$newldf=$newdbname + “_log.ldf”

sqlcmd -E -S $server -Q $query

$query = “ALTER DATABASE ” + $dbname + ” MODIFY NAME = ” + $newdbname
sqlcmd -E -S $server -Q $query

$query = “ALTER DATABASE ” + $newdbname + ” SET offline”
sqlcmd -E -S $server -Q $query

$query = “ALTER DATABASE ” + $newdbname + ” MODIFY FILE (NAME = ‘[namingconvention]_log’, FILENAME = ‘” + $ldfpath + “\” + $newldf + “‘)”
sqlcmd -E -S $server -Q $query

$query = “ALTER DATABASE ” + $newdbname + ” MODIFY FILE (NAME = ‘[namingconvention]’, FILENAME = ‘” + $mdfpath + “\” + $newmdf + “‘)”
sqlcmd -E -S $server -Q $query

Move $ldfpath\$ldf $ldfpath\$newldf -Force
Move $mdfpath\$mdf $mdfpath\$newmdf -Force

$query = “ALTER DATABASE ” + $newdbname + ” SET online”
sqlcmd -E -S $server -Q $query

$query = “ALTER DATABASE ” + $newdbname + ” SET MULTI_USER;”
sqlcmd -E -S $server -Q $query


This was so fast that I decided to share the joy. 🙂

(I plan to use this script if I ever need to bring my log-shipped databases online, hence the append.  I might need to do thing_oldprod, stuff_oldprod, whatsit_oldprod, etc.)

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Filed under powershell, scripting

They’re using HOW MUCH space?

This assumes a convention where databases are named after the responsible party with an underscore and a version number or description.  It also assumes that running this script is faster than remoting to the server and looking at the directory.  😉

declare @dbname varchar(255),
@CurrentRow int,
@RowsToProcess int,
@SQL nvarchar(max),
@size float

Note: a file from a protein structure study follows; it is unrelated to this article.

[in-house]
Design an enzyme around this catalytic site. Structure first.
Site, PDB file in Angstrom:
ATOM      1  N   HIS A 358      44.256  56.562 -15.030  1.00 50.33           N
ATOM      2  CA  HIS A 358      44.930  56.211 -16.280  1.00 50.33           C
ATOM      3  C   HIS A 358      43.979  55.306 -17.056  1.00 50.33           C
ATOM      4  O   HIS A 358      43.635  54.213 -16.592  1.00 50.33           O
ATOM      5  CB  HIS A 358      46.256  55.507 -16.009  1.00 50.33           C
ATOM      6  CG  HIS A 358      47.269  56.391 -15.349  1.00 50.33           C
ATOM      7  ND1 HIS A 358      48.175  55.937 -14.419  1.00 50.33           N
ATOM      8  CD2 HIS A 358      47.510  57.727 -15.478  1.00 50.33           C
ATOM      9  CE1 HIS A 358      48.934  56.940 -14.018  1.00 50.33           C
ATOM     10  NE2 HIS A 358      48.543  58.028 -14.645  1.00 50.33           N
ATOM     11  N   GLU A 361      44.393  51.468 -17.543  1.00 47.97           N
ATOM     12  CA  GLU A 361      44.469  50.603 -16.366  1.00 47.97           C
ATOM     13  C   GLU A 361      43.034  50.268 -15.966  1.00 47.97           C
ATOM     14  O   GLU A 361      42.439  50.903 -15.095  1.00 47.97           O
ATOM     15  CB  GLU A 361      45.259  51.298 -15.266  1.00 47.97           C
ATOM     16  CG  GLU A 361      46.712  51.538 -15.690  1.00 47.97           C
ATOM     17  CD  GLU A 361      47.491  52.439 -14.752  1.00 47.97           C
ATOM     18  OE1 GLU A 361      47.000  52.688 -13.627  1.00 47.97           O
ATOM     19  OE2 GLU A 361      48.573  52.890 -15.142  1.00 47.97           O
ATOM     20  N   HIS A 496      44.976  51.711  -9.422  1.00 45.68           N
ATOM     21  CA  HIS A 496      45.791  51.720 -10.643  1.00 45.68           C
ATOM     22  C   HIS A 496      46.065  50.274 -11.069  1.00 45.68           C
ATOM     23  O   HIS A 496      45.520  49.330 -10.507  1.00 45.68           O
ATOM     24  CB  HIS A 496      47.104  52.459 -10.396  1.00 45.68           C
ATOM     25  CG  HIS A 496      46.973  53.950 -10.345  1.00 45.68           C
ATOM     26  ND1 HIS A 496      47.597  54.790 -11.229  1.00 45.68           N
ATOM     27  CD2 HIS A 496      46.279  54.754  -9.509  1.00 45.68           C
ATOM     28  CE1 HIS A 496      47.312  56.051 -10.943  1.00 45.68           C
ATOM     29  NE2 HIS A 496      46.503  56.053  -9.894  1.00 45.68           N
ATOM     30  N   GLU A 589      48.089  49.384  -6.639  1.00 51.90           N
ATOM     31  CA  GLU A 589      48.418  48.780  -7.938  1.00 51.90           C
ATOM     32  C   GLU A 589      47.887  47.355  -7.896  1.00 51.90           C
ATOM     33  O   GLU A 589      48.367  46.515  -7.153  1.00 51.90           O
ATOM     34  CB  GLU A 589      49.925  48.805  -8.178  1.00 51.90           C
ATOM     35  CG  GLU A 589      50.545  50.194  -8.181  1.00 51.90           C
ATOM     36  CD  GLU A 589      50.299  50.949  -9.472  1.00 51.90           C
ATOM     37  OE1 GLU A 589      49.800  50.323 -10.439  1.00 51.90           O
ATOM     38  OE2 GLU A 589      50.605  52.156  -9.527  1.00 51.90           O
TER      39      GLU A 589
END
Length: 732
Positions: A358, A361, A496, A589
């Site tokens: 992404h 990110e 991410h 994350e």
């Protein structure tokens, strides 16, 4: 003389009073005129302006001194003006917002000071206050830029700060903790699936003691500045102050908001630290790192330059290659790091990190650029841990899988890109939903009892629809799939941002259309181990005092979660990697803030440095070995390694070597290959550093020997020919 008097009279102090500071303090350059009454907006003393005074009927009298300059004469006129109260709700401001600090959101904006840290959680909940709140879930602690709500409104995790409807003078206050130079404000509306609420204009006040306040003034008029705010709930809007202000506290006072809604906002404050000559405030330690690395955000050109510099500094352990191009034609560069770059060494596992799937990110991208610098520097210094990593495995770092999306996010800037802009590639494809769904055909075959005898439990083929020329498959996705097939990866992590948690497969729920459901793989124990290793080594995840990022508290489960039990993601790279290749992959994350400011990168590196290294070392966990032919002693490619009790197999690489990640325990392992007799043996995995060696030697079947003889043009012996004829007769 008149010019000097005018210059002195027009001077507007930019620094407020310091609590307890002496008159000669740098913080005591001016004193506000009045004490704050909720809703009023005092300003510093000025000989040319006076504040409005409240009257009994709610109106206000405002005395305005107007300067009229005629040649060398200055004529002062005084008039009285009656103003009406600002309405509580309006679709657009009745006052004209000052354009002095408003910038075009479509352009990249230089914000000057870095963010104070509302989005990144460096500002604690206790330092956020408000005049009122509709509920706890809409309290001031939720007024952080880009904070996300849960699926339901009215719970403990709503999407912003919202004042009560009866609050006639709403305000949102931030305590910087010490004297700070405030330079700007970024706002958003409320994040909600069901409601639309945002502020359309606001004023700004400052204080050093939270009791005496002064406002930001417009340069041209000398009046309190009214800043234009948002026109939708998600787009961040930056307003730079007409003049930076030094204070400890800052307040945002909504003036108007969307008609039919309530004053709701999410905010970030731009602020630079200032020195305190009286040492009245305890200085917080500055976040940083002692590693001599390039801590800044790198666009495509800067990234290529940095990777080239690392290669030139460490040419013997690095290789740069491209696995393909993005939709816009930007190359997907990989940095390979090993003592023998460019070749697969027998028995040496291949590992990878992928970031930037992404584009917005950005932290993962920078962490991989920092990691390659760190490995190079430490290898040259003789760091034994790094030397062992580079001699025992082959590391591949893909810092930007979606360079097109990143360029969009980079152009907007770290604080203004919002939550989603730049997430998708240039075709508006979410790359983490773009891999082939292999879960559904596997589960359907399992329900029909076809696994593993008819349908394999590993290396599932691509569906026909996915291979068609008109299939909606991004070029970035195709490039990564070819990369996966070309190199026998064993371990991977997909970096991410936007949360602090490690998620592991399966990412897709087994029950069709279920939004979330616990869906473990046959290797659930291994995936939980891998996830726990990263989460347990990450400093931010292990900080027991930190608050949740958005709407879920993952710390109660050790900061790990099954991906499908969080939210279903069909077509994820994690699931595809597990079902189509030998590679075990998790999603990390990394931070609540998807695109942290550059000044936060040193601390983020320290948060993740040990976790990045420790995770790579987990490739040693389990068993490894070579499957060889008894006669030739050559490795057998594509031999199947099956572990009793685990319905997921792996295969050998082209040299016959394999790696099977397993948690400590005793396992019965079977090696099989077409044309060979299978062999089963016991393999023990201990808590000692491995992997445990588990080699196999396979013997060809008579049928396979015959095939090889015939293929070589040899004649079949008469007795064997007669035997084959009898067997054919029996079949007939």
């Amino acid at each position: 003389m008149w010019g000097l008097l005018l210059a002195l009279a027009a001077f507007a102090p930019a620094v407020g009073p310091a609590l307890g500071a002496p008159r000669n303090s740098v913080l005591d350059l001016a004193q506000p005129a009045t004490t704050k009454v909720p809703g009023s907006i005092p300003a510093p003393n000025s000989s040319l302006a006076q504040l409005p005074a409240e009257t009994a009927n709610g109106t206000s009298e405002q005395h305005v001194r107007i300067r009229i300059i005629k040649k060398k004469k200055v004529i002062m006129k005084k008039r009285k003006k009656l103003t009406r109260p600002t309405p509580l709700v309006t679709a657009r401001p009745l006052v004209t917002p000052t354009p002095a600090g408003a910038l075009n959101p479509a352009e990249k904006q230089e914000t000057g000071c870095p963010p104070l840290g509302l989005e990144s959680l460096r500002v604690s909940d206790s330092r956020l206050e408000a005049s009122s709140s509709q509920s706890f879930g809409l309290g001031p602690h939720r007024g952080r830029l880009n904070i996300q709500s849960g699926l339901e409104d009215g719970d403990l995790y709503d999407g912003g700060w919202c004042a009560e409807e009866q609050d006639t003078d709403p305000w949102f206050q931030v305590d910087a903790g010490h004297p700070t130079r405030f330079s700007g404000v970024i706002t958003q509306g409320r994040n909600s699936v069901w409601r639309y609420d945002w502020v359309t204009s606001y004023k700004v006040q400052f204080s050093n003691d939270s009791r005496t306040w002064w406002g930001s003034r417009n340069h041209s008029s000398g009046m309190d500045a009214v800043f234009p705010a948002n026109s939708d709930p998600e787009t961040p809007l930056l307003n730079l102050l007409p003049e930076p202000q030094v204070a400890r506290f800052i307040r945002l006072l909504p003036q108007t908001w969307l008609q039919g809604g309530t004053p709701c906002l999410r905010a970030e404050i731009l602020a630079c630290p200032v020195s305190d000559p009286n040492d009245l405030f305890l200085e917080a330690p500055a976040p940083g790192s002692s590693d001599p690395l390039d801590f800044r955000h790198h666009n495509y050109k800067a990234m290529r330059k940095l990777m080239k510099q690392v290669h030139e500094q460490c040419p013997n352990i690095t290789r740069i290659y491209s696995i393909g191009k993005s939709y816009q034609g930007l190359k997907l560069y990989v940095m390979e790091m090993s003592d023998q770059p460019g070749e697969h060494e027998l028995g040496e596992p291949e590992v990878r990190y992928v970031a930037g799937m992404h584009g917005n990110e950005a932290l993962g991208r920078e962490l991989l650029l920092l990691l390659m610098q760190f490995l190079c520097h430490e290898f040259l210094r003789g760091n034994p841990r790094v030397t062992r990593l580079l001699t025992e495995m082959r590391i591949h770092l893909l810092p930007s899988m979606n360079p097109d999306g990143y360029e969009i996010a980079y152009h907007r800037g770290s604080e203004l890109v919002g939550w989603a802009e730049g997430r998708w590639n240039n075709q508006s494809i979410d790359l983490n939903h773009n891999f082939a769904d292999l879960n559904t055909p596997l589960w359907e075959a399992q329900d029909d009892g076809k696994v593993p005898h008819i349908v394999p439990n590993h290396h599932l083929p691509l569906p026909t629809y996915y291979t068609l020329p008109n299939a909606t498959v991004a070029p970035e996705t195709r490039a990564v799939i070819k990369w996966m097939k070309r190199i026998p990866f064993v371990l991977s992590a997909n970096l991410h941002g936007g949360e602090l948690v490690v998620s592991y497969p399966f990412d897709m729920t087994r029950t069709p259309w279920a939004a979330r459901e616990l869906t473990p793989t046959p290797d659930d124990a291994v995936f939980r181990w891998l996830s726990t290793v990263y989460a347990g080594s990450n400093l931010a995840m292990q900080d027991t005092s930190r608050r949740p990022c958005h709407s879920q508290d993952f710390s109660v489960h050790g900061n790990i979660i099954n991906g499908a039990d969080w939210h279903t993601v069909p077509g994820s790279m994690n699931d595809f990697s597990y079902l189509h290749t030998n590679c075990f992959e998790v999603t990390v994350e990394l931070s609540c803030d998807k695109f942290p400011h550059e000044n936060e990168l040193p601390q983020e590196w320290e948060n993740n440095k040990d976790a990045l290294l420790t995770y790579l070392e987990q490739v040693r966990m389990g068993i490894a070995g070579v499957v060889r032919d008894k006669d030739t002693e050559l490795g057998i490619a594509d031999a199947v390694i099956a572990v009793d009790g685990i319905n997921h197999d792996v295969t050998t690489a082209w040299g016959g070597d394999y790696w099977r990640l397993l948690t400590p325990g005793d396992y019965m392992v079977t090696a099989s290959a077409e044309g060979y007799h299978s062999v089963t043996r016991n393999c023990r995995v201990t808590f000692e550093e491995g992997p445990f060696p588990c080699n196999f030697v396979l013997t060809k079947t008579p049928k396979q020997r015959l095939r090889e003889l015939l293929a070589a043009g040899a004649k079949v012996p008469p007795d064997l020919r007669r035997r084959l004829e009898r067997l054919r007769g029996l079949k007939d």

RowID int not null primary key identity(1,1),
dbname varchar(255),
owner varchar(80),
size float

insert into #dbs (dbname) select name from sys.databases where name not in ('master','msdb','model','tempdb')
set @RowsToProcess=@@ROWCOUNT

SET @CurrentRow=0
WHILE @CurrentRow<@RowsToProcess
SET @CurrentRow=@CurrentRow+1
FROM #dbs
WHERE RowID=@CurrentRow
set @SQL = 'update #dbs set size=(SELECT sum(size) FROM ' + @dbname + '.sys.database_files) where dbname=''' + @dbname + ''''
set @SQL = 'update #dbs set owner=(SELECT CASE WHEN CHARINDEX(''_'', dbname) > 0 THEN LEFT(dbname, CHARINDEX(''_'', dbname)-1) ELSE dbname END AS Owner FROM #dbs where dbname=''' + @dbname + ''') where dbname=''' + @dbname + ''''

select owner, COUNT(owner) as DBCount, ((((SUM(size) * 8192)/1024)/1024)/1024) as TotalGB
from #dbs group by owner

drop table #dbs

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SFTP – copy smallest files first

I needed to SFTP a bunch of files ranging in size from 40 meg to 130 gig.  The default behavior of “mput *” is to copy the files in alphabetical order, but what happens then is that all the smaller files pile up behind the large ones.  This is bad because there’s a time limit and I want to copy as many as possible before the time limit passes.  The solution?

Pre-sort them by size, smallest to largest.